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How Halloween can teach your kids about money

How Halloween can teach your kids about money

October 31, 2019
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Halloween is a favorite celebration for most kids. Why?

CANDY, that's why!

Halloween can also be the perfect opportunity to teach your kids some valuable life lessons about money management.

These money areas can include: 

  1. Saving
  2. Charity
  3. Taxes
  4. Market Value

As they celebrate the season with candy and costumes, financial experts say parents should engage their little monsters in age-appropriate dialogue that can help pave the way for responsible saving and spending habits down the road.

Save for a rainy day

Counseling your kids to consume their candy slowly doesn't just prevent a tummy ache. It also gives them a chance to hone their budgeting skills.

It's a tough sell at first, but the benefits quickly become evident when they still have half their haul in mid-November, and their friends (or siblings) have nothing left but empty wrappers.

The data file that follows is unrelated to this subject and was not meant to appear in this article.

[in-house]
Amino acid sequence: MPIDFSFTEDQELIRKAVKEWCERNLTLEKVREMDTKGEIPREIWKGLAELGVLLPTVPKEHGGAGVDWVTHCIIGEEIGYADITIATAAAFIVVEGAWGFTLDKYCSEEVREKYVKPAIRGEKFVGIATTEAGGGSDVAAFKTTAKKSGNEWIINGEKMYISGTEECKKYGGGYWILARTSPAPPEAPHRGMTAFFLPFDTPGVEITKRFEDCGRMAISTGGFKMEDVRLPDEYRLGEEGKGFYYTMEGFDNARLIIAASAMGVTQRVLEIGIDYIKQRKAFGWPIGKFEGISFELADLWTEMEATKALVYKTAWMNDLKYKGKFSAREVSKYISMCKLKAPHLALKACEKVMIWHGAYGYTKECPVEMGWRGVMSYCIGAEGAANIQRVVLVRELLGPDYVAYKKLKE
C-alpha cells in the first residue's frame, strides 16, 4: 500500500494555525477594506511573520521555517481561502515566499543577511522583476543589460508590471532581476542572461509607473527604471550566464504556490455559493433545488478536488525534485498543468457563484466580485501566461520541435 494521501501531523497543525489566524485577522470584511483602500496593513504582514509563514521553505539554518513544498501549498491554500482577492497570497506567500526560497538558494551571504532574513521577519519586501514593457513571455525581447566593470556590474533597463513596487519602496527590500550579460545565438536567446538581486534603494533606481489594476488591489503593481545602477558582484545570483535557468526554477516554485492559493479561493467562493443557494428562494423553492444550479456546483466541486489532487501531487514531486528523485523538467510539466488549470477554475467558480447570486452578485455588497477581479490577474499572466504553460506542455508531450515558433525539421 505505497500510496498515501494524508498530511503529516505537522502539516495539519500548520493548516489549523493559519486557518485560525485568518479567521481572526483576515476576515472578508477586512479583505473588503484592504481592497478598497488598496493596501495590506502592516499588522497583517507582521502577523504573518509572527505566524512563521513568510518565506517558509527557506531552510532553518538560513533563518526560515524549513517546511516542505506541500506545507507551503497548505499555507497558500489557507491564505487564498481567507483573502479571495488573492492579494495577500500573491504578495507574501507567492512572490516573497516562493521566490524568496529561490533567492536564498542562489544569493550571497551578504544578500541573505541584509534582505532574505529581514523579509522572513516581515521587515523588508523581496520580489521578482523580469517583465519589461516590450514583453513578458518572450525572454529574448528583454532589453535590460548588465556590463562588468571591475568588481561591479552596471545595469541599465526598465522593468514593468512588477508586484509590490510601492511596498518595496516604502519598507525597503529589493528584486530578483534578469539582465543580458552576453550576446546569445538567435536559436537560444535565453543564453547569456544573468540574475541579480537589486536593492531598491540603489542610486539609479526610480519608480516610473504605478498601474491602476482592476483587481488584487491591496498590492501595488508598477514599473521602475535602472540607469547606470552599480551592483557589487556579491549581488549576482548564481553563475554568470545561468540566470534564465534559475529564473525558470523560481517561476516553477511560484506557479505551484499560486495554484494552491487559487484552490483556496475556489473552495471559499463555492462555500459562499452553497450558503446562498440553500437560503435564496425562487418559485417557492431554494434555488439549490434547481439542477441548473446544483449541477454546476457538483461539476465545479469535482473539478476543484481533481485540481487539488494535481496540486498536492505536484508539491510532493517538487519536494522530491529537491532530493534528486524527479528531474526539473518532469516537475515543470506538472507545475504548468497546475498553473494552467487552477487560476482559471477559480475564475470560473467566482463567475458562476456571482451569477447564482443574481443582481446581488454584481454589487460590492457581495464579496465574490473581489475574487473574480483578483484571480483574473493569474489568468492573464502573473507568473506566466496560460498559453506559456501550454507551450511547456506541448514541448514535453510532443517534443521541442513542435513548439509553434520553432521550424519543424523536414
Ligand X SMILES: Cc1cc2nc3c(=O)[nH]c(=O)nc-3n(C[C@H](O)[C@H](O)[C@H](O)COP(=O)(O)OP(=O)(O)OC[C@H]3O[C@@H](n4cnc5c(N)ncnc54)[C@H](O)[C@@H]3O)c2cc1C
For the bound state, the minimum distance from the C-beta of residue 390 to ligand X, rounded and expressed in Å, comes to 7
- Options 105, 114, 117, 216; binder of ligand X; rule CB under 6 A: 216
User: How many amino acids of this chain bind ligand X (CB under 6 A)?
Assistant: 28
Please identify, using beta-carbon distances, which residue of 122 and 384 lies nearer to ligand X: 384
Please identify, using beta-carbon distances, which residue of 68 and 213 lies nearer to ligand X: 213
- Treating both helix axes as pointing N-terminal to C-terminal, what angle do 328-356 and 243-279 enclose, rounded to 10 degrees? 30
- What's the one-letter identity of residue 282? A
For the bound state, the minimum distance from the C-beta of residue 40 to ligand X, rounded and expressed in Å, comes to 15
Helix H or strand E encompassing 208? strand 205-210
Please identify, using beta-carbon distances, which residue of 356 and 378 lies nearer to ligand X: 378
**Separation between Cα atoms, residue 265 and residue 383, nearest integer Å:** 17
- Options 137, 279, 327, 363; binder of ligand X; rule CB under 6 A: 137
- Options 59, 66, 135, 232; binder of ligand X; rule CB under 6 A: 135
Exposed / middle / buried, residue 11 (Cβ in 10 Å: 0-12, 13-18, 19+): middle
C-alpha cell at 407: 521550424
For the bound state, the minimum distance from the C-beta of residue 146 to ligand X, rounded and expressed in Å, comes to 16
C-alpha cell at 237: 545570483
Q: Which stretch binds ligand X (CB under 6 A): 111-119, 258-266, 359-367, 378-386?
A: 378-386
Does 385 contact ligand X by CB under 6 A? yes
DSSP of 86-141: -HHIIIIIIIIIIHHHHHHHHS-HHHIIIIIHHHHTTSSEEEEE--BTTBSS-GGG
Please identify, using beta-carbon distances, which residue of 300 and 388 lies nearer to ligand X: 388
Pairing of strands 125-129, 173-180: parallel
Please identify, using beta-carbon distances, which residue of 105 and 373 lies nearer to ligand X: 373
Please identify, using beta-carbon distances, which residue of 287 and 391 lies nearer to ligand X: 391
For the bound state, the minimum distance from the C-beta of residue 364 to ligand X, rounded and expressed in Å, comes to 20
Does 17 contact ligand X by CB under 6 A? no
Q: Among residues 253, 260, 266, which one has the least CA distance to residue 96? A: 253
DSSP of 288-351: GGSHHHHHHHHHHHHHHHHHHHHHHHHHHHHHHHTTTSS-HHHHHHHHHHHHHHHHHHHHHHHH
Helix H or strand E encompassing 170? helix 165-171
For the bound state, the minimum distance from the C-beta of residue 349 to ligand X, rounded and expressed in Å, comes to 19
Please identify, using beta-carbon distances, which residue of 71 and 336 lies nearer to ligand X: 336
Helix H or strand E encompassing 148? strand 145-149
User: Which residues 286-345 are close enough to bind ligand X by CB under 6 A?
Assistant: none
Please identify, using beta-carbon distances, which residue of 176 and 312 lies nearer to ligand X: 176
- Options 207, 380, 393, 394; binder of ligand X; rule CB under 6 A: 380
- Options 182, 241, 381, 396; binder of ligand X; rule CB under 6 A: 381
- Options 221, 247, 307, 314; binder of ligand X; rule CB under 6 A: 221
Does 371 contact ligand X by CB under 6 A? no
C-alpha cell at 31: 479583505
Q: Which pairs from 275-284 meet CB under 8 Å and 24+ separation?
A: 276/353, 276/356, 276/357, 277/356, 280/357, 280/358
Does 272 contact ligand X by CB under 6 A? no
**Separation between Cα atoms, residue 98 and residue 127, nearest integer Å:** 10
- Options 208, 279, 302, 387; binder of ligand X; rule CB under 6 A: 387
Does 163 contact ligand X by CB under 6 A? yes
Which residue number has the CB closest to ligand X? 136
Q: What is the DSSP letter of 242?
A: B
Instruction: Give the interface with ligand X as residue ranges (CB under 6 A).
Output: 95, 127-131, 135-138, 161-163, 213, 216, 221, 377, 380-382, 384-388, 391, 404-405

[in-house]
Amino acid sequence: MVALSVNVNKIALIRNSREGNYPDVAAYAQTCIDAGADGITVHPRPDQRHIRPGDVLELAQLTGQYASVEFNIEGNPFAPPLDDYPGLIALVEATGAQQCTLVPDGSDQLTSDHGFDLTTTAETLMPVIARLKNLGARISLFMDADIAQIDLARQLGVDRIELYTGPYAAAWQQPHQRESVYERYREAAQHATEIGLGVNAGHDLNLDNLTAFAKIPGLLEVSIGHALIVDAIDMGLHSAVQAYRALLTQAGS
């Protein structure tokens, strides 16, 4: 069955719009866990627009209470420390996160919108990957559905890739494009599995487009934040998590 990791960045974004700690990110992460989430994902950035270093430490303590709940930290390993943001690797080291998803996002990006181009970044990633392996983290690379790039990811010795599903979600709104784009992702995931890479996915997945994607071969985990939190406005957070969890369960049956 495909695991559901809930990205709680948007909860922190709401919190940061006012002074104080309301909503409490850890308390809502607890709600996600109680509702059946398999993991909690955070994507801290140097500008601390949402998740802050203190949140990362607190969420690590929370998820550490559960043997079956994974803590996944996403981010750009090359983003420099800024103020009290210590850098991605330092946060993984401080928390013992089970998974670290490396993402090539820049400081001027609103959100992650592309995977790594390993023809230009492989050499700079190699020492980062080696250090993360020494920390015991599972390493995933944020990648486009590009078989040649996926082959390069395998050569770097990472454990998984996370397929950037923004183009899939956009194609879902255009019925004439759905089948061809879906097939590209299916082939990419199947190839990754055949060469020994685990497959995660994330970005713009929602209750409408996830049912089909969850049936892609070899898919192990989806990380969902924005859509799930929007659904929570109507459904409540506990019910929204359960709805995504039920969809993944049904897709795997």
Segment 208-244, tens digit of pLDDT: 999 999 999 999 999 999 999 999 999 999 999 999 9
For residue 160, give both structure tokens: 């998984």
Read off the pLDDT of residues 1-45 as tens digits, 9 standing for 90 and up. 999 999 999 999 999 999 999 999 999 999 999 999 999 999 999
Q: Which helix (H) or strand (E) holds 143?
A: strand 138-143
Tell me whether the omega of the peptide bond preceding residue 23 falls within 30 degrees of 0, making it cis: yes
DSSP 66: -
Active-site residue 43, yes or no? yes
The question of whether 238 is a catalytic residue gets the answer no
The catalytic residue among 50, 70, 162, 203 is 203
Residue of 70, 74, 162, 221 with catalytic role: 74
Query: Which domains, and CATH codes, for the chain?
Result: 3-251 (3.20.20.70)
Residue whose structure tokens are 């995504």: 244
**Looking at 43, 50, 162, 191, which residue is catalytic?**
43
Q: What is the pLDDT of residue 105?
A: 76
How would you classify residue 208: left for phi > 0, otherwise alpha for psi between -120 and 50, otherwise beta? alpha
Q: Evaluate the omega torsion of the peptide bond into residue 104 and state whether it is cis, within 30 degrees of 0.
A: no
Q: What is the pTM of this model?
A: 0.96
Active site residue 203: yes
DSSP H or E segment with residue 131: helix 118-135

Charitable giving

Kids may not have deep pockets to support their favorite charity, but as Halloween rolls around, don't forget that candy is a commodity that can be shared.

Homeless shelters also generally welcome donations of unopened candy, as do senior centers that care for housebound elders.

The tax man

There's nothing certain, as they say, but death and taxes. As you dodge the creepy clown on your trick-or-treating route, why not take the opportunity to collect a "mom or dad tax" on their earnings (candy) to help support the cost of shared resources. 

Be prepared for pushback. 

Market value

The concept of value is central to successful money management. For example, investors determine whether to purchase shares of a company based upon, among other factors, its total worth, or its market capitalization.

Similarly, consumers decide daily whether the costs of goods and services are reasonably priced based on their intrinsic value and the benefits of ownership.

Determining value comes naturally to kids, especially on Halloween night when they engage in bartering among their friends and siblings. 

As each child sorts through their candy haul, they quickly realize that not all candies are valued equally.